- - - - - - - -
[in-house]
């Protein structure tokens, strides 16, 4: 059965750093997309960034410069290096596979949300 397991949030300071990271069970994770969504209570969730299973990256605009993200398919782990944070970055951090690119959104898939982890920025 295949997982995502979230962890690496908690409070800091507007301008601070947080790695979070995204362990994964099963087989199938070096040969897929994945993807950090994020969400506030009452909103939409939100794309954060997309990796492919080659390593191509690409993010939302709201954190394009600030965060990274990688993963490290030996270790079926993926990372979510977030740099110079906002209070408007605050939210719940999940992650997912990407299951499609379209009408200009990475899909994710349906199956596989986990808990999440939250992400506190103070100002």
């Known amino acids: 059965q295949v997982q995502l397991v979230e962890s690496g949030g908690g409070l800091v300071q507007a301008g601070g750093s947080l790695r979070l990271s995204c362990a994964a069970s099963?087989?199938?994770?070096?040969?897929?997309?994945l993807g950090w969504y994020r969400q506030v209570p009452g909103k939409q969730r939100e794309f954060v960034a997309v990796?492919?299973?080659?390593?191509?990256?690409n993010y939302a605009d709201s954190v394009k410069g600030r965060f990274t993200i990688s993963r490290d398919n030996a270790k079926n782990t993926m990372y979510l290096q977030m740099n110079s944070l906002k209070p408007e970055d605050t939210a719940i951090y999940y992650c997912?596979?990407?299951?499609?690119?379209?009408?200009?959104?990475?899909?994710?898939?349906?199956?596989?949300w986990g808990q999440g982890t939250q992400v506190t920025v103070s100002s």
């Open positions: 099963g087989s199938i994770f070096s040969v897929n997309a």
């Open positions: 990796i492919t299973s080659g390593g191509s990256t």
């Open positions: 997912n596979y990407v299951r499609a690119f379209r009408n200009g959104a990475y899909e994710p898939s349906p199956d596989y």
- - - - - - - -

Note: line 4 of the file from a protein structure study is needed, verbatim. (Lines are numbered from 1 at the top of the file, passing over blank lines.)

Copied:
């Open positions: 099963g087989s199938i994770f070096s040969v897929n997309a």